Summit, which provides call-center and telephone services, was founded in 1996 by Harry Johnston , a former executive of Hawaiian Telephone, and Richard Ichikawa, a former engineer of Hawaiian Telephone.
resigned as president and was replaced by his son,Grant Johnston.
The report said the company had kept poor track of its finances, even in bankruptcy and that several questionable thousand-dollar payments had been received by Grant and Harry Johnston
, which should be investigated by a trustee....
In a court document, Summit said the examiner, Mark Yee, focused on matters that happened before Harold Johnston stepped down, which provided an inaccurate picture of Summit's situation.
Sandwich Isles Communications Inc., headed by Al Hee, loaned the money in March 1998 to Summit through Summit's then-chief executive and part-owner, Harold C. Johnston , according to a lawsuit.
In 2001, Harold Johnston
received $8,400 in interest payments from Summit
for the loan .
denied loaning the money to Summit
The trustee, Derek J. Sakaguchi, filed a lawsuit April 30 in U.S. Bankruptcy Court against Harold Johnston and his sons Grant Johnston and Chad C. Johnston, who were all officers of Summit.
The five-count suit said Harold Johnston
misled some of Summit's
directors, investors and creditors about the relationship with Sandwich Isles
, which allowed the company to continue to operate under the status quo when it was in trouble .
The lawsuit also accuses the Johnstons of receiving excessive compensation and benefits ....
Hee, president of Sandwich Isles, and Harold Johnston confirmed that Sandwich Isles made a loan to Johnston.
"Whatever happened between me and Sandwich Isles
is a private and personal matter," Johnston
They declined to answer any questions about the loan, including its status or its purpose.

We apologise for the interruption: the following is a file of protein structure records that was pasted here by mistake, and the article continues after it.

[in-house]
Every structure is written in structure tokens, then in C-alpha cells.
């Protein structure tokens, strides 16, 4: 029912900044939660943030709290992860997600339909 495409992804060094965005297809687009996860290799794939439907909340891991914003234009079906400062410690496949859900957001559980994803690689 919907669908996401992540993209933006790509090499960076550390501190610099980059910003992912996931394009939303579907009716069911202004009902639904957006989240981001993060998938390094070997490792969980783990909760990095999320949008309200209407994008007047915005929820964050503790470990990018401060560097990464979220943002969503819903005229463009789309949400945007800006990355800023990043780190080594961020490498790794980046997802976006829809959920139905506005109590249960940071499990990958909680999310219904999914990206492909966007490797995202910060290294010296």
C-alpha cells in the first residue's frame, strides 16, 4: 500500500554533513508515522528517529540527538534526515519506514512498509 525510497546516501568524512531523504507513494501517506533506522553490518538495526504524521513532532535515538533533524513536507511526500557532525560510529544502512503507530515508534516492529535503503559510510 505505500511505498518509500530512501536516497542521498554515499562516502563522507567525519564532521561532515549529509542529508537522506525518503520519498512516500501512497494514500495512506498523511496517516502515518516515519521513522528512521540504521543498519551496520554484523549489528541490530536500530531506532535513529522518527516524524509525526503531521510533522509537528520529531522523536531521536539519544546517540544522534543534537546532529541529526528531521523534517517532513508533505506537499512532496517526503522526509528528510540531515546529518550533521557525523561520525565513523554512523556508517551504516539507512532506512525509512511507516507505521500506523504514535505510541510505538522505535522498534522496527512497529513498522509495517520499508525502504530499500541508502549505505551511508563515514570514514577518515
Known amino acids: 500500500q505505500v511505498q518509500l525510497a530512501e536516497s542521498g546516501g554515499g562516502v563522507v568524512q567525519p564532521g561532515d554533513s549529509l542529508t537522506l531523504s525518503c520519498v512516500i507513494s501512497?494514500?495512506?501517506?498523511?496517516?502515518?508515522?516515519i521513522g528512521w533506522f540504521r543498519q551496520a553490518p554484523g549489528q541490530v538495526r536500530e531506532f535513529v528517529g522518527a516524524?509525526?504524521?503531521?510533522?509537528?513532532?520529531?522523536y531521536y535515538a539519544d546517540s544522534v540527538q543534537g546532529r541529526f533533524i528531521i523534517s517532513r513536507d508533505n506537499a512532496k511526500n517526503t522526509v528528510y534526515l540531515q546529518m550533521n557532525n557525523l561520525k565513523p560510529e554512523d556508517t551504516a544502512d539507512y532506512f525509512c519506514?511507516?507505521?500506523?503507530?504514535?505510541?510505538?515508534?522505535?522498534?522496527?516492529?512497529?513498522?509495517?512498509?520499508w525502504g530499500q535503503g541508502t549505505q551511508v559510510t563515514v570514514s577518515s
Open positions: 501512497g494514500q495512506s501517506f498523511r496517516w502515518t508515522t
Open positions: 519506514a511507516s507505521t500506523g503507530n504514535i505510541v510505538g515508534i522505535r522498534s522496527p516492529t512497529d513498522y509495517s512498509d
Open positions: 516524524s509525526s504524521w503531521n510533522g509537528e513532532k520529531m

However, the lawsuit said: "A loan for $456,793to SCI
made in March of 1998 was shown on SCI's
financial statements as a loan made by Harold Johnston
In fact the $456,793 was loaned and funded by Sandwich Isles
The loan was secured by a pledge of Harold Johnston's
stake in Summit
, the lawsuit said . Harold Johnston
owned 37.7 percent of Summit
as of January 2003, while Ichikawa owned 25.1 percent .
Al Hee said the loan to Johnston
did not involve any federal funds.
That was around the same time that Sandwich Isles
loaned the money to Johnston
Also around that time, Johnston stopped spending time with Summit and became general manager for Sandwich Isles.
After Harold Johnston began working for Sandwich Isles, Chad Johnston became responsible for day-to-day operations at Summit.
In a letter to Summit
shareholders, Harold Johnston
was not aware until January 2001 that Summit was not paying its taxes.
said an outside accountant had been handling those affairs, and was terminated.
declined to name the accountant.
The court-appointed examiner has described Summit's pre-bankruptcy books as worthless ....
accepts some responsibility for Summit's financial problems, but he
did not commit fraud or other misdeeds.
The lawsuit seeks repayment of the $8,400 in interest that Harold Johnston
allegedly pocketed from the loan to Summit
, as well as repayment of a $50,245 loan Summit allegedly made to Harold Johnston